Then it was back home for Ash's birthday cake and big glasses of milk, sitting out in the sunroom, laughing at the story of how their neighbors' dog got stuck in their backyard after it wandered in when the lawn cutters came while Ash's mom and stepdad were on vacation, and accidentally got locked in. After the sitcom-worthy rescue mission staged by the neighbors, which involved an eight year old scaling the fence and boosting the very fat beagle over to her waiting mother, the dog is apparently afraid to come over now.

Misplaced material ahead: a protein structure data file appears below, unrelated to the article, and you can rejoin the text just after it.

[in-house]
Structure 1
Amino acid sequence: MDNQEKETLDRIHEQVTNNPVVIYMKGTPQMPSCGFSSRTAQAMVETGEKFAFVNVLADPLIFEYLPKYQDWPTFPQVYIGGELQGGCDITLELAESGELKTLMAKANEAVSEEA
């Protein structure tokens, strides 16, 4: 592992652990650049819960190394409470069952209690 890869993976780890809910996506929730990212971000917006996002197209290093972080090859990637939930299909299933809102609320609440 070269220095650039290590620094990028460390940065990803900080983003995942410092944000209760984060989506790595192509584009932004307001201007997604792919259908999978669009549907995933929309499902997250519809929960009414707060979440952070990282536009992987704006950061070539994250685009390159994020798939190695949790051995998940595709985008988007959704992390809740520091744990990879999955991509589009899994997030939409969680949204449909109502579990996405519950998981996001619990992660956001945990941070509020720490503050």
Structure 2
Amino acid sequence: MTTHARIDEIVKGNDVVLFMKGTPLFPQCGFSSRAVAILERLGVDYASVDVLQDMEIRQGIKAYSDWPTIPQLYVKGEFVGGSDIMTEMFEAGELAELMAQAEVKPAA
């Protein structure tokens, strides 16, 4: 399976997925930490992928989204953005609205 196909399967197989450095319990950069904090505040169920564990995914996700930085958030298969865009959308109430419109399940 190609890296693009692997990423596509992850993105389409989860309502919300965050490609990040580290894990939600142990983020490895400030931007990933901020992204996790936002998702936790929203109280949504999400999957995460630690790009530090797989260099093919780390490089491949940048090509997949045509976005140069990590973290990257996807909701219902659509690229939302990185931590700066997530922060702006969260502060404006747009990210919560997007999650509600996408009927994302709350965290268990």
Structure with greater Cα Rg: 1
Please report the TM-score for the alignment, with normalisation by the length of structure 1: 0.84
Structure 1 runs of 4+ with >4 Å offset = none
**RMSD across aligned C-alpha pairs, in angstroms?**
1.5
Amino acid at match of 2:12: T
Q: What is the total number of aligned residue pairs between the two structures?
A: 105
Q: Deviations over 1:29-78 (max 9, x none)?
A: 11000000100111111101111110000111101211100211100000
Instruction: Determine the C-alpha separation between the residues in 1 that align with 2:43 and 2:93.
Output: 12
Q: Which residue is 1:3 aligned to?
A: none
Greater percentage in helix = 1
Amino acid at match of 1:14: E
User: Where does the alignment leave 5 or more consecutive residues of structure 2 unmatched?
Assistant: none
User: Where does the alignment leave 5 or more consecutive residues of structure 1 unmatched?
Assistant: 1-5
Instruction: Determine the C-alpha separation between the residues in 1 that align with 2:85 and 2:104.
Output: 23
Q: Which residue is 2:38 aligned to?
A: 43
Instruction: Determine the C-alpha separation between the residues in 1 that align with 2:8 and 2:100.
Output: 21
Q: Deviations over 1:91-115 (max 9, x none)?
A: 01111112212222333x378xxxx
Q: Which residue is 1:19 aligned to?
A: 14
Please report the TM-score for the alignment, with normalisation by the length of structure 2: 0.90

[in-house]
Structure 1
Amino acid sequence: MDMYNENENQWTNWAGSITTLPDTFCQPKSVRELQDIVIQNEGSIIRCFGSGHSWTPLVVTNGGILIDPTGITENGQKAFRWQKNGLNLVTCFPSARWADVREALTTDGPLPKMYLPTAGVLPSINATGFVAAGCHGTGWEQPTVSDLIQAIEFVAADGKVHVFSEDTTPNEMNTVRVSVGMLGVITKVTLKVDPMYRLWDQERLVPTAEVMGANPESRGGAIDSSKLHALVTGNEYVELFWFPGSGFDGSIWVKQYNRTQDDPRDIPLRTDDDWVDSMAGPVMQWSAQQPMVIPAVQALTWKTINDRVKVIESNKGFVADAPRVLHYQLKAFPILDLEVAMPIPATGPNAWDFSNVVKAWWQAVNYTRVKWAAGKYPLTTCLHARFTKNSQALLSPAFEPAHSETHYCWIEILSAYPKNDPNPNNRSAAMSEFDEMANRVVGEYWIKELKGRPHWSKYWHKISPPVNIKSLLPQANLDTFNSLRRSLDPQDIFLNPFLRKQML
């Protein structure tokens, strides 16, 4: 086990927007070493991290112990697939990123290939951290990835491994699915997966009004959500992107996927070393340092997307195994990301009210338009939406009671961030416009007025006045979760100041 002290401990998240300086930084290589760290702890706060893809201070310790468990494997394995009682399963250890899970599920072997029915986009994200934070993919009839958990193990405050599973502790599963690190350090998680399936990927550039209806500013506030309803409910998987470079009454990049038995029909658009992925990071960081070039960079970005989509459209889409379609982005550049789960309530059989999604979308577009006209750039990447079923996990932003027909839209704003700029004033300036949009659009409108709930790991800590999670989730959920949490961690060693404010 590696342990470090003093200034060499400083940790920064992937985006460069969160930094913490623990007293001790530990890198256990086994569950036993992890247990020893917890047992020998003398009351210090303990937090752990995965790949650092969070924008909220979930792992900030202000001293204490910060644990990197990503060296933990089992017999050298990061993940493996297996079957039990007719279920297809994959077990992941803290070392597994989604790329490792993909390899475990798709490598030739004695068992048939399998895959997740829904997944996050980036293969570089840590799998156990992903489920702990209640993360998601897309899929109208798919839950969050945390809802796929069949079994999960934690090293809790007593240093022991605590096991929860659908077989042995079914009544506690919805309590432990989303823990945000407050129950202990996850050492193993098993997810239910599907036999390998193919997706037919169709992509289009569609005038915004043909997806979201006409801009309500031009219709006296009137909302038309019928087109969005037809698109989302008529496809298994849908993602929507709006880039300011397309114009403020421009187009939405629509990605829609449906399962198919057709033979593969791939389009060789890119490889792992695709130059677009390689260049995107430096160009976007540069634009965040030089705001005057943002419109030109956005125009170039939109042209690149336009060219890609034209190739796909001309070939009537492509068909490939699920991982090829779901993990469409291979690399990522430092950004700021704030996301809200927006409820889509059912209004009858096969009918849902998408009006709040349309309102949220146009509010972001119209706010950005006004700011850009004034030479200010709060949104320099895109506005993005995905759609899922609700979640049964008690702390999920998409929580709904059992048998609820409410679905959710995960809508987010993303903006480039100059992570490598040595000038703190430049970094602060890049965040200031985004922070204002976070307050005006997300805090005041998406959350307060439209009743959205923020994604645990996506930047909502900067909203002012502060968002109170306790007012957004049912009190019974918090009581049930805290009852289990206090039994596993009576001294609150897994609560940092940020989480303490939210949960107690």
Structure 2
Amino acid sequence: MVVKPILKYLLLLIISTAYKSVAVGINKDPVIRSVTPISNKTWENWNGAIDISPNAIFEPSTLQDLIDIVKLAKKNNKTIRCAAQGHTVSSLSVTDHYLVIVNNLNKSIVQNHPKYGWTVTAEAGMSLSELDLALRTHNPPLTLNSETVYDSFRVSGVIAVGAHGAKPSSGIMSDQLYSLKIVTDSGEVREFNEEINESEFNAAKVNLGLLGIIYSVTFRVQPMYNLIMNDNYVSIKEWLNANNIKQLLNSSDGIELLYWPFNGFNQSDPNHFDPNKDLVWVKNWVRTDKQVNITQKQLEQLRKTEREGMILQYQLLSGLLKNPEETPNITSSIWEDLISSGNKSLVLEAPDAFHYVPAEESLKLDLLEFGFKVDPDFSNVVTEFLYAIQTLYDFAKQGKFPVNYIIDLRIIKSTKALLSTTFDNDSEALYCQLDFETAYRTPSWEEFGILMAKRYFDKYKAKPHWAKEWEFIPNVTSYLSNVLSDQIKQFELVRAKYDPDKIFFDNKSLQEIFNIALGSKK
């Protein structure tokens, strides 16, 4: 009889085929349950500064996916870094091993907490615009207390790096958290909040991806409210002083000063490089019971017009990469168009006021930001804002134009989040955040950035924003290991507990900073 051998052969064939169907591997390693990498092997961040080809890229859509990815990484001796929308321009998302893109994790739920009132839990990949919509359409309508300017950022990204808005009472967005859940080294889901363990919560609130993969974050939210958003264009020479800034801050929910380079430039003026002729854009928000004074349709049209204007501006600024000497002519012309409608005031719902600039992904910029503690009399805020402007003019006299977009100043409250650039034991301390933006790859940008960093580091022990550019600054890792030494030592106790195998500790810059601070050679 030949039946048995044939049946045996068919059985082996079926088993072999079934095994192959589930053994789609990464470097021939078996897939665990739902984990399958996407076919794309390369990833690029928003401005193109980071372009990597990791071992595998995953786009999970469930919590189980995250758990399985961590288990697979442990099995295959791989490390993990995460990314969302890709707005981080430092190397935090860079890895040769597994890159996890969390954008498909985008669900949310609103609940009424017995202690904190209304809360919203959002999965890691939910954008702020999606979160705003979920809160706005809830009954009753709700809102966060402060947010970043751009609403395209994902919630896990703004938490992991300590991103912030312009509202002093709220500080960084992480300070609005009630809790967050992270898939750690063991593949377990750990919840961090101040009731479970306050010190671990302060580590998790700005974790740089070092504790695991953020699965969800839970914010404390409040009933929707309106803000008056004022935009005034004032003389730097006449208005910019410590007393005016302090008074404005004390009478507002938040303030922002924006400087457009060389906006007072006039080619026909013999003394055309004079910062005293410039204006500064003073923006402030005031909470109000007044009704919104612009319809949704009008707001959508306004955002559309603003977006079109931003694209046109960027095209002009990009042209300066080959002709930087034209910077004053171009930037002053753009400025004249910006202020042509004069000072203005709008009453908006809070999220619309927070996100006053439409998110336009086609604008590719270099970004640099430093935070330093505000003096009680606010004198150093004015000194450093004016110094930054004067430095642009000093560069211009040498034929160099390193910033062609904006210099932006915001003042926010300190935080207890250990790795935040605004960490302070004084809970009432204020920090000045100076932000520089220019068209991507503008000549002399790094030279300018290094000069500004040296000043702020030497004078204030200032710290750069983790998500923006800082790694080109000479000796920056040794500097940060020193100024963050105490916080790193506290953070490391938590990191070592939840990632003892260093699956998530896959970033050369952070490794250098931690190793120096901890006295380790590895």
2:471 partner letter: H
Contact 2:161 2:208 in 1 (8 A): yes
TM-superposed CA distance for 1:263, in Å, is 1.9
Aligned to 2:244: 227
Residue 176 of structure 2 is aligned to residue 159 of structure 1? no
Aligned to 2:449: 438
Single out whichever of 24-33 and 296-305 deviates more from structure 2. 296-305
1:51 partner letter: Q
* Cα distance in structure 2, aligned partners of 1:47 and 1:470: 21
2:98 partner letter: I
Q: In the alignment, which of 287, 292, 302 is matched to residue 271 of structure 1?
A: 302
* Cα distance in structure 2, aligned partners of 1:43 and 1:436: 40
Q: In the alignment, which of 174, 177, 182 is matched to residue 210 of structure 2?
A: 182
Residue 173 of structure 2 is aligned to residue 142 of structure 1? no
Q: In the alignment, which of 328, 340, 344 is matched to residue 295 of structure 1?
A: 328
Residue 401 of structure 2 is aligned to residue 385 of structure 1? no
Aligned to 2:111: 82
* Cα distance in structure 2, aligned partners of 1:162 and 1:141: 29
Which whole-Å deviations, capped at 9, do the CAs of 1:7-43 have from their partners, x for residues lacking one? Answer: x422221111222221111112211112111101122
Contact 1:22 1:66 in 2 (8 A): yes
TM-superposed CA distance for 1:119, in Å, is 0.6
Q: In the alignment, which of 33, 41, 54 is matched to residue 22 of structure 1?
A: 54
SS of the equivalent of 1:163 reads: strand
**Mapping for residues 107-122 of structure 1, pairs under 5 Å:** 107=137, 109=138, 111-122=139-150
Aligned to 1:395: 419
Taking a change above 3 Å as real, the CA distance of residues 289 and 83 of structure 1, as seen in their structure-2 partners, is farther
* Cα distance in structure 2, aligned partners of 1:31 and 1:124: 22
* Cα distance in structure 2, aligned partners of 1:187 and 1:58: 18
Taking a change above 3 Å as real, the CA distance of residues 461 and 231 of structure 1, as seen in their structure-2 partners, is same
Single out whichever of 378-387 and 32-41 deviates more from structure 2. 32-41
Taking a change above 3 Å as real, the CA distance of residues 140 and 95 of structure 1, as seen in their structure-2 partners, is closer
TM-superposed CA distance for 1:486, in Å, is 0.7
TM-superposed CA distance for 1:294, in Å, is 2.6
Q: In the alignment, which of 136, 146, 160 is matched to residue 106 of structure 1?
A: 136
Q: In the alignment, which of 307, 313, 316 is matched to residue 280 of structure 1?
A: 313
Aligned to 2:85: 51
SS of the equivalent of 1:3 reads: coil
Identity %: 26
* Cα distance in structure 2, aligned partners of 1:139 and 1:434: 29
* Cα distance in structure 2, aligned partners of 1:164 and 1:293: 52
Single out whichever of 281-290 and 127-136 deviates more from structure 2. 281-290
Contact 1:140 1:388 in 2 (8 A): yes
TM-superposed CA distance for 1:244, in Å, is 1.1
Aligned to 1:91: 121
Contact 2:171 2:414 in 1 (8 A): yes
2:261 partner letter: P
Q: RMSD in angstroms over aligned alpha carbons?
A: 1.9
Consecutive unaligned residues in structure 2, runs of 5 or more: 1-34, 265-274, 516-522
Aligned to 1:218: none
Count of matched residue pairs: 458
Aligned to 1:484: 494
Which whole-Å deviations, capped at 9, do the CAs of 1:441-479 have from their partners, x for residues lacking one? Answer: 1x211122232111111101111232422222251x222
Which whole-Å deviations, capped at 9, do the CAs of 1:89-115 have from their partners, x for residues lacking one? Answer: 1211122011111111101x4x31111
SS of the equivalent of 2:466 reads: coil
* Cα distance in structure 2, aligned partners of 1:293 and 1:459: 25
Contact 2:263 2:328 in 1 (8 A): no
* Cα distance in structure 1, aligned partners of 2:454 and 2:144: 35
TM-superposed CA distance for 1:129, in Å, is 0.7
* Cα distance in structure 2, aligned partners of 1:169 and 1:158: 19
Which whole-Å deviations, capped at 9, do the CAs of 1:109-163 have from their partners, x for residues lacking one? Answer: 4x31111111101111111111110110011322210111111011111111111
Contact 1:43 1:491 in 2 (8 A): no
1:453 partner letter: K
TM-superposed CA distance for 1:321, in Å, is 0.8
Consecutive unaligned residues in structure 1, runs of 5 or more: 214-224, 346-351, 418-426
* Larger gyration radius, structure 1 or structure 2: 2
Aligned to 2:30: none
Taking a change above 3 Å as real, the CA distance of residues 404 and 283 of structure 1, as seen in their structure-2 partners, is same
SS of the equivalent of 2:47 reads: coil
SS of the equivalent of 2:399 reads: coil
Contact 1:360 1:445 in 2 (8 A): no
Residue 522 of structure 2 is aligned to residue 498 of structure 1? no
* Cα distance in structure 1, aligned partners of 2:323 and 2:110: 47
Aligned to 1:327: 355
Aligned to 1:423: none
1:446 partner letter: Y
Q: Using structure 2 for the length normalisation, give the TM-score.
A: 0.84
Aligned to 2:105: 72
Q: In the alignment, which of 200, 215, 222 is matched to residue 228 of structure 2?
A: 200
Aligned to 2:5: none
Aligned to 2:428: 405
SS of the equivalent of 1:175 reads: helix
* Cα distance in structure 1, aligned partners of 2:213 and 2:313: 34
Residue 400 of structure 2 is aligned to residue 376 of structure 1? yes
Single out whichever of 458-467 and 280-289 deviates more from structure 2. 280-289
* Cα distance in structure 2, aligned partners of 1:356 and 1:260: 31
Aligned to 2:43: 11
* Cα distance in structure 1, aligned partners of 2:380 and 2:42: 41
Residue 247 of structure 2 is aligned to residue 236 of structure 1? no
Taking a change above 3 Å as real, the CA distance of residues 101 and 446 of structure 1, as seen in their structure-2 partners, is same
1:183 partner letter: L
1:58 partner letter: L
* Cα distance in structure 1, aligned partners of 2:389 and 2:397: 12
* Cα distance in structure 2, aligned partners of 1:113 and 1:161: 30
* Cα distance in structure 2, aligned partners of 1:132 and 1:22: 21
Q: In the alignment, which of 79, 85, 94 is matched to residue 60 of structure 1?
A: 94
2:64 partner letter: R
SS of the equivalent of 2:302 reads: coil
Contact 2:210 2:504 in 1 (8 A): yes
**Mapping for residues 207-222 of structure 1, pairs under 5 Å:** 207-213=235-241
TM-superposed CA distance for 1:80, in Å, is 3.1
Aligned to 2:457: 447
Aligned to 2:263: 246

It's funny, because the more I was around Ash's stepdad, the more he reminded me of my own father. He has many of the same mannerisms, and makes many of the same corny jokes. He works hard in a factory job, putting in too many hours so that he can do nice things for the people he loves. He doesn't have the formal degrees or education or certifications, but when something breaks or goes wrong, he's the person they call to fix it, and he'll get it up and running, even if his methodology doesn't match what it says in the training manuals. And his mom, although utterly different in personality from my own mother, could have been part of my own family as well-- maybe another of my mother's sisters. In fact, if my mother had her druthers, I'd bet her house would look eerily similar to what Ash's mom has done with her own house-- except there would be rabbits everywhere instead of owls. And when we ended the evening watching "Deal or No Deal"-- which happens to be my own family's current obsession-- I felt like I'd wandered into a new branch of my own family.